The New Brunswick Court of Queens Bench considered this in Parent v Spielo Manufacturing Incorporated, 2013 CanLII 83647 (NB QB). The employee was terminated ostensibly for just cause. She sued, arguing that the employer did not have just cause, but that she was terminated because she was experiencing health issues and because she had responsibilities caring for her special needs child which required, she argued, the employer to accommodate her.
The employer argued, according to the court, that the incompetence related to her “inability to carry out duties and substandard work, which persisted after numerous warnings”. Performance standards were set by the company and a review process was specified. These were company wide. Essentially, this was a performance management process.
A performance evaluation was done of the plaintiff on December 15, 2008. She met expectations (3.88 out of 5).
On or about July 8, 2009 the plaintiff gave birth to a son who had some health issues. She returned to work from her maternity leave in July 2010 and explained to her supervisor the challenges her child was experiencing and how they could handle the plaintiff’s regular absences from work to bring her child to appointments (as frequently as five times per week). According to the Court:
… [the company] agreed that she would have more flexible hours than anyone else employed by [the company] to accommodate her and allow her to go with her child at his doctor’s appointments. However, she would have to meet the objective standards of performance set for all employees. [The Plaintiff] had made it clear, with reason, that her son’s health was to come first and [the company] rightly understood.
In December 2010 she was given a further review and scored 2.94 out of 5.
In February 2011 at a meeting with her supervisor, she was told that she did not meet the “three point mark”, a three month performance review plan was discussed, and she was told that a further meeting would be held in three months time.
In May 2011, at the planned meeting, the plaintiff was informed that she did not meet expectations and she was given a written notice of her 30 day performance plan. There were three (3) points of improvement identified.
On June 21, 2011 she was provided with a letter as follows:
As a result of the above issued, I feel that I must now emphasize in writing how important it is for you to understand and address these issues. This is not something I do lightly or without a considerable amount of thought.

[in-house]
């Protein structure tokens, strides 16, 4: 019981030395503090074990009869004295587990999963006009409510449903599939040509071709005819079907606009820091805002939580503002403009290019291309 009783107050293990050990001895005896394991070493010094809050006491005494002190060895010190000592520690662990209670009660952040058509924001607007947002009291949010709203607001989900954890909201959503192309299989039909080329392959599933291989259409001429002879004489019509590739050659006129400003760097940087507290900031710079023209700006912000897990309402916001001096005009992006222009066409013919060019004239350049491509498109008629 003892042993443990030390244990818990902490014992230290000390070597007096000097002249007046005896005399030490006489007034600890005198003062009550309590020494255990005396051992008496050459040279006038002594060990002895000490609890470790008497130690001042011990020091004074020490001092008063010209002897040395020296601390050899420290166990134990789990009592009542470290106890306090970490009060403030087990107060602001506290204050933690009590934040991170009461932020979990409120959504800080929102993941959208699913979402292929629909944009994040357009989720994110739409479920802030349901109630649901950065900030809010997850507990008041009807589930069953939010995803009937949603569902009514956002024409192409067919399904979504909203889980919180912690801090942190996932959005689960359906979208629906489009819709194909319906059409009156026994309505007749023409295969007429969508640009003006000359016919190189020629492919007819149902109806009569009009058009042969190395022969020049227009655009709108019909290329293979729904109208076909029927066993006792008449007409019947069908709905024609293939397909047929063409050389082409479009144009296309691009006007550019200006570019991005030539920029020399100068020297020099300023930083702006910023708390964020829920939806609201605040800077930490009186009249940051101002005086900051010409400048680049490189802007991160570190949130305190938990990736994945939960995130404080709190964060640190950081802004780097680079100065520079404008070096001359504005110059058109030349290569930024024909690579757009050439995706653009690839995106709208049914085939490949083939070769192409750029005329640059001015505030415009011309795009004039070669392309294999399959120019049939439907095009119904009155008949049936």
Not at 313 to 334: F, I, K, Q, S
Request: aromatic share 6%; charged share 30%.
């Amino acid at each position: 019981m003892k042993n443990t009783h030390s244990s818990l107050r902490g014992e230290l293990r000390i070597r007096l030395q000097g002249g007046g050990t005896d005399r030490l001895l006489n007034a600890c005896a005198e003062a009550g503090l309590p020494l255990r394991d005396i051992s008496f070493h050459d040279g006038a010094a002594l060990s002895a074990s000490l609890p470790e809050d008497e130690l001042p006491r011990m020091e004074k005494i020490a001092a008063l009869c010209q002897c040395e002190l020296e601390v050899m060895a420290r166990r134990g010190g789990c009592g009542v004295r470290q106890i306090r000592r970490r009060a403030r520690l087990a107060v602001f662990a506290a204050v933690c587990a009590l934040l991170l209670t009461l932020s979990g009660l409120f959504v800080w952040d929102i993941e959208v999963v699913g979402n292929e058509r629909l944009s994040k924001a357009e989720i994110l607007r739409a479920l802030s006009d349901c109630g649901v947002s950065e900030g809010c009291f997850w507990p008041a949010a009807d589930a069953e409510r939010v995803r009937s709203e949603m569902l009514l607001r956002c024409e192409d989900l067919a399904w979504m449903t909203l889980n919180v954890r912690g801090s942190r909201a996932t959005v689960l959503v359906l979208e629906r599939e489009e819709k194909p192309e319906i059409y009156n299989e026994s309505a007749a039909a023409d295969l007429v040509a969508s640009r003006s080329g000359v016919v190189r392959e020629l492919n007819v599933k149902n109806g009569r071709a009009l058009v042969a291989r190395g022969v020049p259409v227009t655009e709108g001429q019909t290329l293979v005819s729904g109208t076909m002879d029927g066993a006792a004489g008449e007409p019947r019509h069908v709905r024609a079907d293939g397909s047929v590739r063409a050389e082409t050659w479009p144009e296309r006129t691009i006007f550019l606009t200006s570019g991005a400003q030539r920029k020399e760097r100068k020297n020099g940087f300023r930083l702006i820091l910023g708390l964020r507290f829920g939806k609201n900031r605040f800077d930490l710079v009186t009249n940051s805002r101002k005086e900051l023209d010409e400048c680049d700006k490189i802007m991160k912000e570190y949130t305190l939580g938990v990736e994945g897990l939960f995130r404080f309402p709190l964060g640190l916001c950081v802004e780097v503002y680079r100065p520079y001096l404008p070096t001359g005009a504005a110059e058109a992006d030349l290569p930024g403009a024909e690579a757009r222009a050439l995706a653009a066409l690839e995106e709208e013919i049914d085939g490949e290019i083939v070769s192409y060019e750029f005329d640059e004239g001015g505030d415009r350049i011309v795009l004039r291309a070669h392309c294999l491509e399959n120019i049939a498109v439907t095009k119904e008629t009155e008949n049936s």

Immediate improvement is required and you will be expected to maintain the improvement in the above-mentioned areas, or you will be subject to further corrective action, including possible termination of employment. During the next 60 days we will meet once a month to discuss your progress related to these issues. You will maintain a daily activity log that will be emailed to me at the end of each work week (Friday’s at 5:00 pm).
A similar notice was delivered on August 24, 2011.
At year’s end, her performance was assessed at 2.78 out of 5. Prior to that meeting, however, the plaintiff provided the employer with a letter from her doctor advising “that she would get surgery on February 10 and would be off work for six consecutive weeks.” It would seem that the performance review was not delivered prior to her leave. Upon her return on March 19, 2012, the plaintiff was given a copy of her performance review, which she had failed, and advised that her employment with the company was terminated effective immediately.
Many employees and employers are rightly cautious about terminating an employee who is absent on a medical leave or returning from a leave. This introduces a dynamic into the termination decision that is simply not present in the run of the mill discharge case.
The Parent case, and others, establish that while caution is called for, it remains possible to terminate a “high-risk” employee (even for just cause).
To state the obvious - the employer bears the onus of proving/establishing just cause on a balance of probabilities. Incompetence is not the same as dissatisfaction with the performance of an employee.
The Court distinguished between just cause based on incompetence (e.g. she is incapable of performing the work) and negligence or lack of diligence (e.g. consistently failing to meet a reasonable performance standard). In that regard, see, for example, Radio CJVR Ltd. v. Schutte, 2009 SKCA 92 (CanLII).
The Court in Parent discussed what must be established by the employer: